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Cablegate: Tunisian Central Bank Releases 2006 Preliminary

VZCZCXRO6512
PP RUEHTRO
DE RUEHTU #2036/01 2220801
ZNR UUUUU ZZH
P 100801Z AUG 06
FM AMEMBASSY TUNIS
TO RUEHC/SECSTATE WASHDC PRIORITY 1519
INFO RUEHAD/AMEMBASSY ABU DHABI PRIORITY 0782
RUEHAS/AMEMBASSY ALGIERS PRIORITY 7267
RUEHFR/AMEMBASSY PARIS PRIORITY 1614
RUEHRB/AMEMBASSY RABAT PRIORITY 8196
RUEHTRO/AMEMBASSY TRIPOLI PRIORITY 0372
RUEHCL/AMCONSUL CASABLANCA PRIORITY 3981
RUEATRS/DEPT OF TREASURY WASHINGTON DC PRIORITY
RUCPDOC/USDOC WASHDC PRIORITY

UNCLAS SECTION 01 OF 02 TUNIS 002036

SIPDIS

SIPDIS

NEA/MAG FOR MAYA HARRIS, EB/CIP
STATE PASS USTR (BELL), USPTO (ADLIN), USAID (METZGER)
USDOC FOR ITA/MAC/ONE (ROTH), ADVOCACY CTR (JAMES), AND
CLDP (TEJTEL)
CASABLANCA FOR FCS ORTIZ
PARIS FOR NEA WATCHER

E.O. 12958: N/A
TAGS: ECON EFIN ETRD ELAB TS
SUBJECT: TUNISIAN CENTRAL BANK RELEASES 2006 PRELIMINARY
MACROECONOMIC FIGURES

REF: TUNIS 629

1. SUMMARY: On July 24, the Tunisian Central Bank released
preliminary figures of the country's macroeconomic
performance for the first half of 2006 after a meeting of the
Bank's Executive Board. The Bank discussed Tunisia's
industrial and services output, monetary policy and inflation
concerns, and foreign currency reserves level and exchange
rate. The figures confirm the findings in the June 2006 IMF
Staff Report on Tunisia. END SUMMARY.

2. The following are the Tunisian Central Bank's preliminary
macroeconomic figures for the first half of 2006.


OUTPUT AND PERFORMANCE OF GOODS AND SERVICES
--------------------------------------------

The general index of production rose by 1.5 percent over the
first five months of 2006 (compared to a 0.5 percent drop
during the same period last year) due to steady performance
of the mechanical and electrical industries, agrofood
industries, building materials, ceramics and glass
industries. Production in the textile and apparel, leather,
and footwear sectors posted a slight decrease. Tourism
revenue increased by 4.5 percent to 1.23 million Tunisian
dinar and hotel receipts increased by 1.8 percent over last
year.

Foreign trade data showed an increase in exports of goods and
services of 10.8 percent and an increase in imports of goods
and services of 14.6 percent. At the same time, work
remittances transferred by Tunisians abroad grew by 7.8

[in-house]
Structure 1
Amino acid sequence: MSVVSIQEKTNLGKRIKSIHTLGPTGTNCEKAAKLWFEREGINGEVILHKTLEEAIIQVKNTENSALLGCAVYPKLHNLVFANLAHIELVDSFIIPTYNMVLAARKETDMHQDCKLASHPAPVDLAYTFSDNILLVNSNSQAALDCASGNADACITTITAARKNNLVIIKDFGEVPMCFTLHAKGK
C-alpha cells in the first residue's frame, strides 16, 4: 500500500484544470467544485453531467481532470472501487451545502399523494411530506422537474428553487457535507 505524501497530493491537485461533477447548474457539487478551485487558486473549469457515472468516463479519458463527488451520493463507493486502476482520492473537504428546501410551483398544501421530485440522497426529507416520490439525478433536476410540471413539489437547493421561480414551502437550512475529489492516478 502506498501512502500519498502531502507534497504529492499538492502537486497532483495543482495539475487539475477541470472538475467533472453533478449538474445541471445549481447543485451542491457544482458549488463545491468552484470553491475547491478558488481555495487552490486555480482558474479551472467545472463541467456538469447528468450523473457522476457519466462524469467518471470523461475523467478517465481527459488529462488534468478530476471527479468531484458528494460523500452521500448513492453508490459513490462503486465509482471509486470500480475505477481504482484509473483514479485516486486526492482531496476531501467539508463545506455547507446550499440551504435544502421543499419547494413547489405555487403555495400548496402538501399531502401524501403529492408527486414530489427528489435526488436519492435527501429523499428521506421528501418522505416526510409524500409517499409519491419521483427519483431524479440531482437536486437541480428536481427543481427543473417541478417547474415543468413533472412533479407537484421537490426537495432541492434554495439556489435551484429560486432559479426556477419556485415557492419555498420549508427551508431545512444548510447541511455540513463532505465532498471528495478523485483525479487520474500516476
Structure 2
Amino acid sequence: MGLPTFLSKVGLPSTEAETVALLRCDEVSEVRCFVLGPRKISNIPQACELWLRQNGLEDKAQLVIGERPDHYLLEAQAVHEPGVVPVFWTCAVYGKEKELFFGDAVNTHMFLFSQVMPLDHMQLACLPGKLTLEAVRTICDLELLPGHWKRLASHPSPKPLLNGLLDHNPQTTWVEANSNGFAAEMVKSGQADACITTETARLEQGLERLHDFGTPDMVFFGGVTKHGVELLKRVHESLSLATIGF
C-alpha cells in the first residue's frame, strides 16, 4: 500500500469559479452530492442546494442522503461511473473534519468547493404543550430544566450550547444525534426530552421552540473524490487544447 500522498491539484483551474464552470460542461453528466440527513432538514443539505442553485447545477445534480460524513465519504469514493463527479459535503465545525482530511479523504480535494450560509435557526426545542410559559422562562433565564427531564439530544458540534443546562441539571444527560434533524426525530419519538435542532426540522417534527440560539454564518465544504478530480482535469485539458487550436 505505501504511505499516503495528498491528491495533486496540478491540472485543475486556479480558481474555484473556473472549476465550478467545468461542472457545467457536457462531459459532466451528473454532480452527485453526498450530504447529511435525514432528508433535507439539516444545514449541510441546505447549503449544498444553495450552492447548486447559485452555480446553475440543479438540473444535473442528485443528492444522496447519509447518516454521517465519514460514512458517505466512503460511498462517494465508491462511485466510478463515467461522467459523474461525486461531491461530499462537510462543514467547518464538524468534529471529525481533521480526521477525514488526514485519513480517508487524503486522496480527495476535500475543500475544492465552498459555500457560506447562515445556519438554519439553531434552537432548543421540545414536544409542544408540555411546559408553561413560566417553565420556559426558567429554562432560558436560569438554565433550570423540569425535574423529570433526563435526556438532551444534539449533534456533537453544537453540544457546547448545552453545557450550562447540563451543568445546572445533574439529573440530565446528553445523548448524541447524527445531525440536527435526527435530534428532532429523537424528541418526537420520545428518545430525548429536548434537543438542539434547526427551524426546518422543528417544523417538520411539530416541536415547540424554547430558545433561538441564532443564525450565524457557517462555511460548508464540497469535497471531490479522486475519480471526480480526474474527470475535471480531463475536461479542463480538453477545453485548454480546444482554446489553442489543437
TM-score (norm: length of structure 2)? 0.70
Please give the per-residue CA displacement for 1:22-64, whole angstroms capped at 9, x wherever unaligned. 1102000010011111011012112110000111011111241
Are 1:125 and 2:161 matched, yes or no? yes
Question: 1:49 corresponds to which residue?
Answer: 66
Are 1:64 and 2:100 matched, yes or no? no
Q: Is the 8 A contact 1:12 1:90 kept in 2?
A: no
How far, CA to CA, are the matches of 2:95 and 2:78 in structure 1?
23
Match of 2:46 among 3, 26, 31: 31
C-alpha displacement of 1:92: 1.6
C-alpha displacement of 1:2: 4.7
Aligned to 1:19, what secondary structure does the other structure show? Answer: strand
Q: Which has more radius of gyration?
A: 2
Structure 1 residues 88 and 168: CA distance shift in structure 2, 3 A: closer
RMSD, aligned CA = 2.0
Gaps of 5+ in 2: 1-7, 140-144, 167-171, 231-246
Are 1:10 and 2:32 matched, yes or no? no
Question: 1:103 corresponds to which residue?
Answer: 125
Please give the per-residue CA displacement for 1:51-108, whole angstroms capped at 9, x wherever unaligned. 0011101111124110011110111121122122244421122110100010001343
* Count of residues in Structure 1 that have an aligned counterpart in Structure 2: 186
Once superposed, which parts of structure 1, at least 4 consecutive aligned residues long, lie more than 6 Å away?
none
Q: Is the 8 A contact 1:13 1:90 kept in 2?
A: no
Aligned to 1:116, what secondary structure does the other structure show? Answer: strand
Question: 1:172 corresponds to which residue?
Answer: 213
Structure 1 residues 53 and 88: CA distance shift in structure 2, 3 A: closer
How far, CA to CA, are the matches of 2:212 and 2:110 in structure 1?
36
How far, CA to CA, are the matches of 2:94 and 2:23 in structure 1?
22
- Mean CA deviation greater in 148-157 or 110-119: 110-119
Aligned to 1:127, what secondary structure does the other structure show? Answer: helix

percent to 593 million Tunisian dinar over the first five
months of 2006. These transactions brought the current
account deficit to 750 million Tunisian dinar, or 1.9 percent
of GDP, over the first six months of 2006. The Executive
Board noted that increased energy costs represented more than
60 percent of the deficit.


MONETARY POLICY AND INFLATION
-----------------------------

The General Consumer Price Index maintained a steady growth
of 0.4 percent in June, resulting in an average rate of
inflation of 4.6 percent in the first half of the year,
compared with 1.4 percent in 2005. At the monetary level,
the M3 aggregate (currency plus demand deposits, savings
deposits, and large-denomination time deposits) rose by 6.1
percent in June versus 3.4 percent a year earlier. Due to a
tighter monetary policy for the fourth straight month, the
Central Bank injected 232 million Tunisian dinar into the
money market, up from the 207 million Tunisian dinar injected
last month. The money market rate fluctuated in July,
bringing the average money market rate to 5.06 percent. The
Tunisian Central Bank Executive Board stated that they were
aware of the money market rate fluctuations and planned to
maintain a steady Central Bank rate. The Board also stated
that they plan to watch commodity prices closely, especially
crude oil prices, to find out the impact on the economy.


FOREIGN CURRENCY RESERVES AND EXCHANGE RATE POLICY
--------------------------------------------- -----

For the first seven months of 2006, the dinar appreciated 2.4
percent against the U.S. dollar and depreciated 3.8 percent
against the euro. Foreign currency reserves totaled 8.22
million Tunisian dinar in July 2006, which represents about
163 days of imports, versus 5.35 million Tunisian dinar and
115 days of imports over the same date in 2005. The Central
Bank reported that this rise was due to "resources from the
opening of the capital of Tunisie Telecom." Excluding these
resources, which are the windfall from the sale of 35% of
state-owned Tunisie Telecom to Dubai-based telecommunications
provider Tecom, the foreign currency would cover 104 days of

TUNIS 00002036 002 OF 002


imports.

3. COMMENT: The preliminary results fall in line with the
International Monetary Fund's 2006 Staff Report on Tunisia.
The IMF Staff Report indicated that while Tunisia's stable
macroeconomic performance was among the best in the region,
the country was not reaching its desired goals due to
unemployment, high external debt, and weakness in the banking
sector. According to reftel and the IMF Staff Report,
Tunisian authorities used some of the 2.3 billion dollar
proceeds from Tunisie Telecom's privatization to reduce
external debt, which was about 68 percent of GDP in 2005.
The report further indicated that the external debt/GDP ratio
is sensitive to currency fluctuations and that while
Tunisia's foreign currency reserves had reached a
"comfortable level", they remained lower than many comparable
emerging market economies. END COMMENT.
BALLARD

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